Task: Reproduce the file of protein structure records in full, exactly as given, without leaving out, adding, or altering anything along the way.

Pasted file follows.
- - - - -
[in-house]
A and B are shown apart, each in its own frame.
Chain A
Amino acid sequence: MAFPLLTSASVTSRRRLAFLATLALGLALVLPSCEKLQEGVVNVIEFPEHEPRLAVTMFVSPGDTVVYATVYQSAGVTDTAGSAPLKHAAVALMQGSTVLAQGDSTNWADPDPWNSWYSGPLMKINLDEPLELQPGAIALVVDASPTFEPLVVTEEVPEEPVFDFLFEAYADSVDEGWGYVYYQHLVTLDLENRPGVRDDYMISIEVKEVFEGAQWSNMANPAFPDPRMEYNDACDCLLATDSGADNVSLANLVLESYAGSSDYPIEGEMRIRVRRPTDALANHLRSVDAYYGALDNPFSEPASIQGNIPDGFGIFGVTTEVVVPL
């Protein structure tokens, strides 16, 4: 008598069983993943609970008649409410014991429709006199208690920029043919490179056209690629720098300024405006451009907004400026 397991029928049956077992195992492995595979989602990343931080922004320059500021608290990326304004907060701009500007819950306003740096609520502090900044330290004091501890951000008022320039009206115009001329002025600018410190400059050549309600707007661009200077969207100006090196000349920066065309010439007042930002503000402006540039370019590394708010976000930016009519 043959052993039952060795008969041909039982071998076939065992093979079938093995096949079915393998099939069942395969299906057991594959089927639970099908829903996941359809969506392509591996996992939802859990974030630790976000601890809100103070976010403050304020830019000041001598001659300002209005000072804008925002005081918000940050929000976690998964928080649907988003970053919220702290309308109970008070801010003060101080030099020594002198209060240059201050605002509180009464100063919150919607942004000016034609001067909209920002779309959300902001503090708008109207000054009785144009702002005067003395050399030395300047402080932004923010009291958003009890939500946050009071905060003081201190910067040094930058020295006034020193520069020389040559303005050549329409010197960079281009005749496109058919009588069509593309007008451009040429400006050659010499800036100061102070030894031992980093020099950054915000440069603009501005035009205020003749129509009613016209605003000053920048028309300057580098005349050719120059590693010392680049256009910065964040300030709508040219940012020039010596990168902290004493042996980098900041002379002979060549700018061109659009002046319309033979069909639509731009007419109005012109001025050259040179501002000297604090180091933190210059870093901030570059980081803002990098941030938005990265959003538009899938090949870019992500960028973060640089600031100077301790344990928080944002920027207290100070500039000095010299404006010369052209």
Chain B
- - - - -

[in-house]
A and B are shown apart, each in its own frame.
Chain A
Amino acid sequence: MAFPLLTSASVTSRRRLAFLATLALGLALVLPSCEKLQEGVVNVIEFPEHEPRLAVTMFVSPGDTVVYATVYQSAGVTDTAGSAPLKHAAVALMQGSTVLAQGDSTNWADPDPWNSWYSGPLMKINLDEPLELQPGAIALVVDASPTFEPLVVTEEVPEEPVFDFLFEAYADSVDEGWGYVYYQHLVTLDLENRPGVRDDYMISIEVKEVFEGAQWSNMANPAFPDPRMEYNDACDCLLATDSGADNVSLANLVLESYAGSSDYPIEGEMRIRVRRPTDALANHLRSVDAYYGALDNPFSEPASIQGNIPDGFGIFGVTTEVVVPL
């Protein structure tokens, strides 16, 4: 008598069983993943609970008649409410014991429709006199208690920029043919490179056209690629720098300024405006451009907004400026 397991029928049956077992195992492995595979989602990343931080922004320059500021608290990326304004907060701009500007819950306003740096609520502090900044330290004091501890951000008022320039009206115009001329002025600018410190400059050549309600707007661009200077969207100006090196000349920066065309010439007042930002503000402006540039370019590394708010976000930016009519 043959052993039952060795008969041909039982071998076939065992093979079938093995096949079915393998099939069942395969299906057991594959089927639970099908829903996941359809969506392509591996996992939802859990974030630790976000601890809100103070976010403050304020830019000041001598001659300002209005000072804008925002005081918000940050929000976690998964928080649907988003970053919220702290309308109970008070801010003060101080030099020594002198209060240059201050605002509180009464100063919150919607942004000016034609001067909209920002779309959300902001503090708008109207000054009785144009702002005067003395050399030395300047402080932004923010009291958003009890939500946050009071905060003081201190910067040094930058020295006034020193520069020389040559303005050549329409010197960079281009005749496109058919009588069509593309007008451009040429400006050659010499800036100061102070030894031992980093020099950054915000440069603009501005035009205020003749129509009613016209605003000053920048028309300057580098005349050719120059590693010392680049256009910065964040300030709508040219940012020039010596990168902290004493042996980098900041002379002979060549700018061109659009002046319309033979069909639509731009007419109005012109001025050259040179501002000297604090180091933190210059870093901030570059980081803002990098941030938005990265959003538009899938090949870019992500960028973060640089600031100077301790344990928080944002920027207290100070500039000095010299404006010369052209």
Chain B